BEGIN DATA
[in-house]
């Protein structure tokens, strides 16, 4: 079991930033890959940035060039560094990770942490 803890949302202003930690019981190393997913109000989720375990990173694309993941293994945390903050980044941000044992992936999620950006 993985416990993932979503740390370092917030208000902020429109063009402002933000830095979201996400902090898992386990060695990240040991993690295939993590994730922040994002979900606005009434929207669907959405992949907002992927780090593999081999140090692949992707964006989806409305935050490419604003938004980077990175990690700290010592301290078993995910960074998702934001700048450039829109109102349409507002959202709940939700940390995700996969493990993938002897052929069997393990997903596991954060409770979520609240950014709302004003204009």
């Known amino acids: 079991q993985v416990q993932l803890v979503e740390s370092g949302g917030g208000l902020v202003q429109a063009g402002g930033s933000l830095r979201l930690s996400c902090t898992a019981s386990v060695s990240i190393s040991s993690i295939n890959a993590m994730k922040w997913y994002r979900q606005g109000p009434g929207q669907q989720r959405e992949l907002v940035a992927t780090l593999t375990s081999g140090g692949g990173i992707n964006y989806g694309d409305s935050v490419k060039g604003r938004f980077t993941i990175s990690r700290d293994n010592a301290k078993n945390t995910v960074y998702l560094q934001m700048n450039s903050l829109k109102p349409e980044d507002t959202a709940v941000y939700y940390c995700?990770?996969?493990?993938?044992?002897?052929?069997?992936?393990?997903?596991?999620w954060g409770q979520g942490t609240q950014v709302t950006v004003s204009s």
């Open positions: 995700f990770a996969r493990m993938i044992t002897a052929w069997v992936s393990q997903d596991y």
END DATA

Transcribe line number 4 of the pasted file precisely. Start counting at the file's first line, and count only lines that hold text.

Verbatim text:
């Open positions: 995700f990770a996969r493990m993938i044992t002897a052929w069997v992936s393990q997903d596991y």